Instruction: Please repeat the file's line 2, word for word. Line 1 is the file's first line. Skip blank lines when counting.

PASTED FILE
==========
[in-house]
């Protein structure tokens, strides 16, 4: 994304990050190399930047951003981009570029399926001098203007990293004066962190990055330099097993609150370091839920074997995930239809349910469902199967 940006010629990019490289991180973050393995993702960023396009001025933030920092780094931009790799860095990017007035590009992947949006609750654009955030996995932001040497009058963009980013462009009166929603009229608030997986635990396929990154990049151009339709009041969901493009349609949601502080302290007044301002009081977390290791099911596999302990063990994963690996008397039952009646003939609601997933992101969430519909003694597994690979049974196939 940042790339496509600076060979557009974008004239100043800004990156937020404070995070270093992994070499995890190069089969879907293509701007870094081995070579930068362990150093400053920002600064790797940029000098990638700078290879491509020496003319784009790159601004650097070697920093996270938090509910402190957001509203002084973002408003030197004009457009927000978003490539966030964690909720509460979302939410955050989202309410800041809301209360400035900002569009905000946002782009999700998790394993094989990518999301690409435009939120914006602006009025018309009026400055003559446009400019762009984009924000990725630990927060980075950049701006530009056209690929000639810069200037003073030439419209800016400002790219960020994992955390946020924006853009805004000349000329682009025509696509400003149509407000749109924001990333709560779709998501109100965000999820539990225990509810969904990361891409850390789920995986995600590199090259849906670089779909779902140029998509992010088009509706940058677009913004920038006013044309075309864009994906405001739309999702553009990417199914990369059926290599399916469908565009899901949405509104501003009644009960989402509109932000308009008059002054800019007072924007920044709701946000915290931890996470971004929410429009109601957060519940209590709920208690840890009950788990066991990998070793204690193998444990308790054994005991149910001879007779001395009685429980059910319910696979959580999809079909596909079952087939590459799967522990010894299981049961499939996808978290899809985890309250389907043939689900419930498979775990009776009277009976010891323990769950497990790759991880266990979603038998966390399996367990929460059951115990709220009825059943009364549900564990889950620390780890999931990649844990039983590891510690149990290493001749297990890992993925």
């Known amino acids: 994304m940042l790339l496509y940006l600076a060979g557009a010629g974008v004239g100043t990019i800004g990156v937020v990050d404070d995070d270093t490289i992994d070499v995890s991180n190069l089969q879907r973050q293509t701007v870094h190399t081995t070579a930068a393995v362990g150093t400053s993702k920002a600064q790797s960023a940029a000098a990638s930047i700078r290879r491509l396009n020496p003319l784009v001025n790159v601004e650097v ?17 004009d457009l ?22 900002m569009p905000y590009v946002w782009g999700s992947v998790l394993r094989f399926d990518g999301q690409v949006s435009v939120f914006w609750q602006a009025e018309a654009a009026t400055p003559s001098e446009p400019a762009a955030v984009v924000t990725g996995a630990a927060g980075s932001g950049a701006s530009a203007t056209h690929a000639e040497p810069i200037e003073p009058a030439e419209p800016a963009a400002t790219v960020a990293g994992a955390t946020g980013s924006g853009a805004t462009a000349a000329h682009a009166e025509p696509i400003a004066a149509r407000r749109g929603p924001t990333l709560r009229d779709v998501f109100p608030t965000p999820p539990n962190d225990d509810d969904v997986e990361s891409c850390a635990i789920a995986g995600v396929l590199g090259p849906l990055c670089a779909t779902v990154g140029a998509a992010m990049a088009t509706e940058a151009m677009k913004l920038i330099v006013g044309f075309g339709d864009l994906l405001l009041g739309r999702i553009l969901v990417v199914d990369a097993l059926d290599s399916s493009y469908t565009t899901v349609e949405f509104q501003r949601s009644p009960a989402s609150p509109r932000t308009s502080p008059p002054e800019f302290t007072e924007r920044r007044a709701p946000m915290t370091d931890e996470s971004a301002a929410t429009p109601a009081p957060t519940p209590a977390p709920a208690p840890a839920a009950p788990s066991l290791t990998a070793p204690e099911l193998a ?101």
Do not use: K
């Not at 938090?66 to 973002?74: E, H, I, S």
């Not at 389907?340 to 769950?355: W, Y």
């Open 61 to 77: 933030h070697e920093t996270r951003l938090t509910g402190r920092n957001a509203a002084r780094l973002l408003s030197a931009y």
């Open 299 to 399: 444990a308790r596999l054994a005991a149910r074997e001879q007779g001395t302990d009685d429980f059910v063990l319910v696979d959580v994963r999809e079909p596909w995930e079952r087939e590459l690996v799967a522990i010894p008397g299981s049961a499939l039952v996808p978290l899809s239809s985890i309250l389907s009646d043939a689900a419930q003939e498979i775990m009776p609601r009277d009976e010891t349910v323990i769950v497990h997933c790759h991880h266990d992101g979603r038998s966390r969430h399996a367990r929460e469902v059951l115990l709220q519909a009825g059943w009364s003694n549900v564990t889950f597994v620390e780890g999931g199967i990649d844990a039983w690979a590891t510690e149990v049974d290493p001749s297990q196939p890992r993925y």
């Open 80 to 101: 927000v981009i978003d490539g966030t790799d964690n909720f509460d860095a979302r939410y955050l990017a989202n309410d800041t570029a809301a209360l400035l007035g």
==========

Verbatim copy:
């Protein structure tokens, strides 16, 4: 994304990050190399930047951003981009570029399926001098203007990293004066962190990055330099097993609150370091839920074997995930239809349910469902199967 940006010629990019490289991180973050393995993702960023396009001025933030920092780094931009790799860095990017007035590009992947949006609750654009955030996995932001040497009058963009980013462009009166929603009229608030997986635990396929990154990049151009339709009041969901493009349609949601502080302290007044301002009081977390290791099911596999302990063990994963690996008397039952009646003939609601997933992101969430519909003694597994690979049974196939 940042790339496509600076060979557009974008004239100043800004990156937020404070995070270093992994070499995890190069089969879907293509701007870094081995070579930068362990150093400053920002600064790797940029000098990638700078290879491509020496003319784009790159601004650097070697920093996270938090509910402190957001509203002084973002408003030197004009457009927000978003490539966030964690909720509460979302939410955050989202309410800041809301209360400035900002569009905000946002782009999700998790394993094989990518999301690409435009939120914006602006009025018309009026400055003559446009400019762009984009924000990725630990927060980075950049701006530009056209690929000639810069200037003073030439419209800016400002790219960020994992955390946020924006853009805004000349000329682009025509696509400003149509407000749109924001990333709560779709998501109100965000999820539990225990509810969904990361891409850390789920995986995600590199090259849906670089779909779902140029998509992010088009509706940058677009913004920038006013044309075309864009994906405001739309999702553009990417199914990369059926290599399916469908565009899901949405509104501003009644009960989402509109932000308009008059002054800019007072924007920044709701946000915290931890996470971004929410429009109601957060519940209590709920208690840890009950788990066991990998070793204690193998444990308790054994005991149910001879007779001395009685429980059910319910696979959580999809079909596909079952087939590459799967522990010894299981049961499939996808978290899809985890309250389907043939689900419930498979775990009776009277009976010891323990769950497990790759991880266990979603038998966390399996367990929460059951115990709220009825059943009364549900564990889950620390780890999931990649844990039983590891510690149990290493001749297990890992993925």